Brahms und Beethoven
Brahms-Institut at Musikhochschule Lübeck shows a special exhibition on Beethoven and Brahms in the spring of 2013. The show at Villa Brahms presents important items from the institute’s collection to accompany the Brahms-Festival.
Johannes Brahms also had to allow himself to be measured according to Beethoven’s music, if he wanted to be taken seriously as a composer of symphonies, chamber music, or piano sonatas. The view of his Vienna music room shows that he had a bust of the honored model breathing down his neck when he sat at the piano composing. And so the great Viennese classicist was not just an inspiration for Brahms, but also a limiting burden.
The sources shown in the exhibition include an autograph Beethoven letter, Brahms’ copy of the score of the Eighth Symphony, Hans von Bülow’s »musical creed«, as well as programs and photographs. Initially the show directs attention at Brahms’ First Symphony, which the composer had great difficulties composing. Under the burdensome example of Beethoven, the work became a matter of »life or death«. The conductor Hans von Bülow was so excited about the »First« that he exaggeratedly called it »Beethoven’s Tenth«. Brahms repeatedly performed as a Beethoven conductor. Programs document his work as a pianist and conductor performing the work of the honored master.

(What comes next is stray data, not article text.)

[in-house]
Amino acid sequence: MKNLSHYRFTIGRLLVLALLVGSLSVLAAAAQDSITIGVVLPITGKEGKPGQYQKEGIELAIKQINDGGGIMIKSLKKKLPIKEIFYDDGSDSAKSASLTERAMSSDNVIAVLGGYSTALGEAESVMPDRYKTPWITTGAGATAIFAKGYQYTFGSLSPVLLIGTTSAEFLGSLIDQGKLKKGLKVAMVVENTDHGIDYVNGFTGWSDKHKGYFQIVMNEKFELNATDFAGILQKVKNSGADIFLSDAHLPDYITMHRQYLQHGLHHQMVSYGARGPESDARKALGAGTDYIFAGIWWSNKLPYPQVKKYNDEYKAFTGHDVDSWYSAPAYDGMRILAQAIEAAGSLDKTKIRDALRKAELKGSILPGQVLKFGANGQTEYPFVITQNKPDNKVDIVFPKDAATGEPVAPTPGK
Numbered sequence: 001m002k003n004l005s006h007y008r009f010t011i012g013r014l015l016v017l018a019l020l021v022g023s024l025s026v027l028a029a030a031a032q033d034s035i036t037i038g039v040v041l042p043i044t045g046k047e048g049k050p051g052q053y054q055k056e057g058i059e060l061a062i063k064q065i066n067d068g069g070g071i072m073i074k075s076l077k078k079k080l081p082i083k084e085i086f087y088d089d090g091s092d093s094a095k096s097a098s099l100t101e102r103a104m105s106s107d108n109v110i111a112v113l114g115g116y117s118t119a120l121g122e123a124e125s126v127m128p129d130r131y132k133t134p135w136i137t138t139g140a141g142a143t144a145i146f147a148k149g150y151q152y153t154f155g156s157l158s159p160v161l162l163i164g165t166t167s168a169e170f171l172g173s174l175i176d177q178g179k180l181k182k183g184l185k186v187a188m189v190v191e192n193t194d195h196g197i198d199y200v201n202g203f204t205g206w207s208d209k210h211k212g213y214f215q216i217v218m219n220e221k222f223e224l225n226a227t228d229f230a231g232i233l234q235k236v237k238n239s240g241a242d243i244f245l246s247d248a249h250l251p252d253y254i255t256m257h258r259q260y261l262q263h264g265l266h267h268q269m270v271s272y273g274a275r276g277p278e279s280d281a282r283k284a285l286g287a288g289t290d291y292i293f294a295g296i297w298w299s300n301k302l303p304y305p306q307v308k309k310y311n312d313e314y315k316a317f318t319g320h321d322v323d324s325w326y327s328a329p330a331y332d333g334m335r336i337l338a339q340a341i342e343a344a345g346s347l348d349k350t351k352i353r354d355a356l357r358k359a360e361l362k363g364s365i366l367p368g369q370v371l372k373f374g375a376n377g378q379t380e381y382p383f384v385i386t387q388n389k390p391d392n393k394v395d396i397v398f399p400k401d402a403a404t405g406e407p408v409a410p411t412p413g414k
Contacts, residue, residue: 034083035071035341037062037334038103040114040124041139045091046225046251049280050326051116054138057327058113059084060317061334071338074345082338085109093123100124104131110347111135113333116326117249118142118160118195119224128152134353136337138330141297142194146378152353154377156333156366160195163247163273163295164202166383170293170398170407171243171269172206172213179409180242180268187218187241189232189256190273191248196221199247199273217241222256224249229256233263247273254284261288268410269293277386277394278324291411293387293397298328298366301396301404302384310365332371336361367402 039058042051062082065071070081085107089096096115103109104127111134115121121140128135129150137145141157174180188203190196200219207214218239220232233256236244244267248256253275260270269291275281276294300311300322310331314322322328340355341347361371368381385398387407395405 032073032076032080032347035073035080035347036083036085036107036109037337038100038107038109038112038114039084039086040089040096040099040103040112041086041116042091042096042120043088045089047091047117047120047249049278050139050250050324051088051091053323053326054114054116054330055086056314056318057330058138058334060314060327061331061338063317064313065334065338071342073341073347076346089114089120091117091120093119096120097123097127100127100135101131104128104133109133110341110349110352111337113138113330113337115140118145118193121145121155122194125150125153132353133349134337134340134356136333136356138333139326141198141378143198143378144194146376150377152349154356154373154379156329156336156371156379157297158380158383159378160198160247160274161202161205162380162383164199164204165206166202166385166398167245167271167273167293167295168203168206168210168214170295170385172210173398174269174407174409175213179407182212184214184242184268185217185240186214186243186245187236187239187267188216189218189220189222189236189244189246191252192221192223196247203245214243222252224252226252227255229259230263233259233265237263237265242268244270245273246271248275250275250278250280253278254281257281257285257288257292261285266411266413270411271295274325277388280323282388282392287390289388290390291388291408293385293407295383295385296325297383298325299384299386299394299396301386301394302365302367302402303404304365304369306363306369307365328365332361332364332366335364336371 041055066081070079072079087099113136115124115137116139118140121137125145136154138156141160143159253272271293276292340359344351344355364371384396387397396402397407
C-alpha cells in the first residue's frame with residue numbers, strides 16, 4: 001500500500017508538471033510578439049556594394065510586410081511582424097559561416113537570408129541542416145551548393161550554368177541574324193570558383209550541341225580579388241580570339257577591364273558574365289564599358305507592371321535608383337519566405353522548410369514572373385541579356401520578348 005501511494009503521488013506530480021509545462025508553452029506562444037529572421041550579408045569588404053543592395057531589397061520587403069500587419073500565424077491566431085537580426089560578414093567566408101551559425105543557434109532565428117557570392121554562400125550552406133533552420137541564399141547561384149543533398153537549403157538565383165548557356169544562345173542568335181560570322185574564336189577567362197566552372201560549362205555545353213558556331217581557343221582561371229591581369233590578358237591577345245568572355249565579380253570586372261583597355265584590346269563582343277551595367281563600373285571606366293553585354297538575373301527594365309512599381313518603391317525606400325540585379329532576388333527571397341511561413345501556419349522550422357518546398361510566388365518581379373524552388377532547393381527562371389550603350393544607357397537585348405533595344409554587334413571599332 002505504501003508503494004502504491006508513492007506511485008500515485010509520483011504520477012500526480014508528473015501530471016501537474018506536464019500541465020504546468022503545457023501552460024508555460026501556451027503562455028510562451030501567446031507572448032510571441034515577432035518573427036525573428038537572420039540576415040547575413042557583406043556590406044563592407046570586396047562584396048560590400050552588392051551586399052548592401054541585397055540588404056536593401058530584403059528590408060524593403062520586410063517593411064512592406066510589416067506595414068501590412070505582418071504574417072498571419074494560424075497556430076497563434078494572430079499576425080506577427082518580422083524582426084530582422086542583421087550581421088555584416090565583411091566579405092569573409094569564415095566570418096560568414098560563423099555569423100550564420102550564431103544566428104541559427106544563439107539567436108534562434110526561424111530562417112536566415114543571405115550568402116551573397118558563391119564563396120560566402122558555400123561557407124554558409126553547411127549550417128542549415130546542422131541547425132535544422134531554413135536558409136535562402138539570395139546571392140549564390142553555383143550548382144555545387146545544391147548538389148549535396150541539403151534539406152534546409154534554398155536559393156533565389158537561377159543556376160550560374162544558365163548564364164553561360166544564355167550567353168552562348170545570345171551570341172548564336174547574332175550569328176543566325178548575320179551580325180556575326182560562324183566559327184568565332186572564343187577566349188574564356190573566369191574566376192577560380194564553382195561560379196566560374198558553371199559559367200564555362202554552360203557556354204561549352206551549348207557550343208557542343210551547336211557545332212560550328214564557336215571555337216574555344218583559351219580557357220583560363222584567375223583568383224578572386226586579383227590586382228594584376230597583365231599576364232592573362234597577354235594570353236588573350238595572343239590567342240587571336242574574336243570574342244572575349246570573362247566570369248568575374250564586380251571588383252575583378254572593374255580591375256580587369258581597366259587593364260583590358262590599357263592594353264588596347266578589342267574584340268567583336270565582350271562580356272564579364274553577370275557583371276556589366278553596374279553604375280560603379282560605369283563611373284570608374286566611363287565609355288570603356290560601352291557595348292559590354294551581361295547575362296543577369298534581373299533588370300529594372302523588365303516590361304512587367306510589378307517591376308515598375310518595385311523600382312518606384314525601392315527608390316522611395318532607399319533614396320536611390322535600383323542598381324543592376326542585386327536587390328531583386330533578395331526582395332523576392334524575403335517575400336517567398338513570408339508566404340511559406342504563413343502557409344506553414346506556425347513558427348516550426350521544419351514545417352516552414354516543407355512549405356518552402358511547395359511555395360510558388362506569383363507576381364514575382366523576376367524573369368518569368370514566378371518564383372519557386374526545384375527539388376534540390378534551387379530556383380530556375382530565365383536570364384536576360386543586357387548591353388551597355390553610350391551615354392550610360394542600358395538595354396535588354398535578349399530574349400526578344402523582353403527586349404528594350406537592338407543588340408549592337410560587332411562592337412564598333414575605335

It is not least thanks to the efforts of Liszt and Schumann that the first Beethoven monument could be dedicated: in 1845 to mark the composer’s 75th birthday. Ernst Hähnel’s Bonn monument is juxtaposed to Schumann’s musical »monument« for Beethoven: Fantasie op. 17 – which Brahms performed at his first Vienna concert as a pianist in November 1862.
The exhibition also gives an overview of Beethoven portraits in the 19th and early 20th centuries. From the first portrait bust by Franz Klein (1812), showing the composer at age 42, through the Vienna monument by Kaspar Zumbusch (1880) to Max Klinger’s spectacular »Beethoven« that celebrates the composer as an artist-genius.